Synchrotron Radiation Protein Crystallography in the Genomics Era
Prof. J. R. Helliwell
Department of Chemistry, University of Manchester, Manchester, UK
Protein crystal structure determination in the context of genome sequencing presents huge
challenges and opportunities. The potential for genome level of numbers of protein crystal
structure determinations will involve synchrotron radiation (SR) sources and coordination between
facilities on a global level, which is practical in the "internet age." There are at least three levels at
which this project [e.g., of a human 3-D genome (proteome) project] can be approached. The first
level involves predicting from amino acid sequences where a new protein 3-D fold would be likely.
The second involves a systematic chromosome by chromosome approach of all 100,000 proteins
(although 40% are membrane bound, and probably very difficult to "guarantee" crystals). The third
approach is where one genome is not enough (i.e., where protein 3-D structure and amino acid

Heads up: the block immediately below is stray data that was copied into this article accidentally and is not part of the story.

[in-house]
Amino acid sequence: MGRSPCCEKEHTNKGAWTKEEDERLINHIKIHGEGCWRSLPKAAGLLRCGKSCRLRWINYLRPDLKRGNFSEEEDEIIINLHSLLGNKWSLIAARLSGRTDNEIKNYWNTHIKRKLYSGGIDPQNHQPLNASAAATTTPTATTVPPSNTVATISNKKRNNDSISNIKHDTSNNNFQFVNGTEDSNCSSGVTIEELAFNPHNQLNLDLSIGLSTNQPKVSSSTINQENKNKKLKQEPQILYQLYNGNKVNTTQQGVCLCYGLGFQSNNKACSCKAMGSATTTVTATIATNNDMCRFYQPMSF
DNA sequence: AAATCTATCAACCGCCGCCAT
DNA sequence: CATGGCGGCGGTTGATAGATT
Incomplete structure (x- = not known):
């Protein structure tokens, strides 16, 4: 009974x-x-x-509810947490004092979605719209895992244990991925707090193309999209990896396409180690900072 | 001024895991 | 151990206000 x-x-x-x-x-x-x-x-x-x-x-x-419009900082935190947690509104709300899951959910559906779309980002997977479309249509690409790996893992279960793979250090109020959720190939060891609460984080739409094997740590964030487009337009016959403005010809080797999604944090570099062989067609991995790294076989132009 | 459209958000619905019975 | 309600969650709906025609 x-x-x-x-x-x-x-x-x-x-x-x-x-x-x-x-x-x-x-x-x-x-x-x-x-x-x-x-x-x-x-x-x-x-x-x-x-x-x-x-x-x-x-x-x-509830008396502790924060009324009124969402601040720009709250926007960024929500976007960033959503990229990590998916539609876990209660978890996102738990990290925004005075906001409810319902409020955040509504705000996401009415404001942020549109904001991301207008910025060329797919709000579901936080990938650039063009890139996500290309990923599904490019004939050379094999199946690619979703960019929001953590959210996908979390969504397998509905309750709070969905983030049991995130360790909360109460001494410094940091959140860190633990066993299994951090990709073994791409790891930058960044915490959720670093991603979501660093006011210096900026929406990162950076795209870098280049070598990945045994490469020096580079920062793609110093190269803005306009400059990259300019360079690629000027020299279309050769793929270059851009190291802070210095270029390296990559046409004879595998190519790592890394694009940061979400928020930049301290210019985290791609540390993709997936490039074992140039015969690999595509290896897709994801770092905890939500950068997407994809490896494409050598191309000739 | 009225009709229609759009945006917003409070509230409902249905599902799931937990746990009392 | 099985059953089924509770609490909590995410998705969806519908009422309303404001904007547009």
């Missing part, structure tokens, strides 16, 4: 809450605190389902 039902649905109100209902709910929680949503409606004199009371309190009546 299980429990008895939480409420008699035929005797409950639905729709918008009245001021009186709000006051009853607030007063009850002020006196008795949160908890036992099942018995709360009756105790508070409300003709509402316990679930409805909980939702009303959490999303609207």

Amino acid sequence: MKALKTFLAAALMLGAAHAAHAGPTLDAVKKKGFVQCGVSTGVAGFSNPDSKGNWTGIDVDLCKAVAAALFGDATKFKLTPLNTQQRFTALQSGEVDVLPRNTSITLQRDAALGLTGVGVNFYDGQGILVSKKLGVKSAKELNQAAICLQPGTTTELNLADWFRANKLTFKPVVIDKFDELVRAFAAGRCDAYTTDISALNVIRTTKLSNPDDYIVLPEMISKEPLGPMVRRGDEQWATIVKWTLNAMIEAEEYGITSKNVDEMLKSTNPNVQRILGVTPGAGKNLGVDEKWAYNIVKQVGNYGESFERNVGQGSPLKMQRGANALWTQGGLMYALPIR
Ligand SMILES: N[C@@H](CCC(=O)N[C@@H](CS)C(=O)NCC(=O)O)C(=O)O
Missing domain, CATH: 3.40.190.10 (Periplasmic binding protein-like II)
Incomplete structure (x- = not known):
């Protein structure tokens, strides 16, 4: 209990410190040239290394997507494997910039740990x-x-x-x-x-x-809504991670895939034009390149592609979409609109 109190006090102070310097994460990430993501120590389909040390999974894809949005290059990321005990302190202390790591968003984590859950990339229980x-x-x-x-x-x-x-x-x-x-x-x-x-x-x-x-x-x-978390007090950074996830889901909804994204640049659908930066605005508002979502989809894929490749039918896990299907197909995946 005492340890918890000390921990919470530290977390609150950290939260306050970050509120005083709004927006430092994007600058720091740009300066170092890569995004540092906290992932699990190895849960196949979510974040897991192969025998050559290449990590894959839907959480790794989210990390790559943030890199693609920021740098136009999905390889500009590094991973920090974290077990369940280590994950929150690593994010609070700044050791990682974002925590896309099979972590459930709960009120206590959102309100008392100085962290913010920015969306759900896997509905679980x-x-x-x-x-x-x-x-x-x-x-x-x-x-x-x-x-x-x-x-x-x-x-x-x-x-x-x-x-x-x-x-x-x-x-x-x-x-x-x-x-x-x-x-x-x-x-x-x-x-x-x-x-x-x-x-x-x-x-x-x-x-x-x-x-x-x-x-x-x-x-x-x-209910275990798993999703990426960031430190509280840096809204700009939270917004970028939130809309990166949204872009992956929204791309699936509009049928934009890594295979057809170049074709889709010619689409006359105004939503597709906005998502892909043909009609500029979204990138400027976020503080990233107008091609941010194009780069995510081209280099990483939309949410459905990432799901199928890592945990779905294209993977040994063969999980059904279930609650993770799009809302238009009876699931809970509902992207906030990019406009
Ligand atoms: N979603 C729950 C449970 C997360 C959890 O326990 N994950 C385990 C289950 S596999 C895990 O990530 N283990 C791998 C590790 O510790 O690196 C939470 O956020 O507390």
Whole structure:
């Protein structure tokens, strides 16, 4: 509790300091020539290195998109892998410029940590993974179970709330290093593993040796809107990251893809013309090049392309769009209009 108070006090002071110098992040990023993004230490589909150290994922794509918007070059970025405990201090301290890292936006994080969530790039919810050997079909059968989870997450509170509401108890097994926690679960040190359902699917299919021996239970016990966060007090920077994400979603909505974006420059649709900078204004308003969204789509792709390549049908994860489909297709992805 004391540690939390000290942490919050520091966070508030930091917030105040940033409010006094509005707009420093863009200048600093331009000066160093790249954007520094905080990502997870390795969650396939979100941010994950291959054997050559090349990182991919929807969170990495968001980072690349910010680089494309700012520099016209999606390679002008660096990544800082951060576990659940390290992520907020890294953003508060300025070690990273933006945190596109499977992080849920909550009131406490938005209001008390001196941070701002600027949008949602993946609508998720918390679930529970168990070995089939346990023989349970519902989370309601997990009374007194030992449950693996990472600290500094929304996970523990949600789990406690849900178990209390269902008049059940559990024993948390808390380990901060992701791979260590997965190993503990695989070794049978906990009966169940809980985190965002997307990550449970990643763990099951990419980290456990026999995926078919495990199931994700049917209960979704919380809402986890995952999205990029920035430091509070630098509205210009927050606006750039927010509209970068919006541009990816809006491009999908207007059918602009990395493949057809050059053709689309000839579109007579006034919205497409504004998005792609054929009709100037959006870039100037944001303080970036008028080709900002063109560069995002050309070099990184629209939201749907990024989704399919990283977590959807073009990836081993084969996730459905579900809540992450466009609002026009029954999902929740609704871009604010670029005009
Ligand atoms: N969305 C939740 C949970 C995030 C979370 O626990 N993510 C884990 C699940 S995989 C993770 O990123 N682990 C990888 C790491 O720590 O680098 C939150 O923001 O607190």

sequence comparisons between different human genomes will be pursued; for example, to
investigate in detail the genetic basis of relevant diseases). In addition to inter-SR facility
coordination, the efficiency of the protein crystallography technique is a critical objective; yet
atomic resolution coordinate quality must not be sacrificed. MAD and ultra-high resolution data
collection optimisation (including combined protocols), more efficient detectors (like the pixel
detector), more automatic crystal sample changing, microfocus beams to work with smaller and
smaller crystals, and rapid but accurate structure validation are all needed to increase the rate of
determining structures. But can we grow the protein crystals fast enough?
N. E. Chayen and J. R. Helliwell (1998) "Protein Crystallography: The Human Genome in 3-D"
Physics World 11, no 5, 43-48.
B. Rost (1998) "Marrying Structure and Genomics" Structure 6, 259-263.
L. Shapiro and C. D. Lima "The Argonne Structural Genomics Workshop" (1998) Structure 6,
Sung-Hou Kim (1998) "Taking a Structured Approach to Understanding Proteins" Science 279,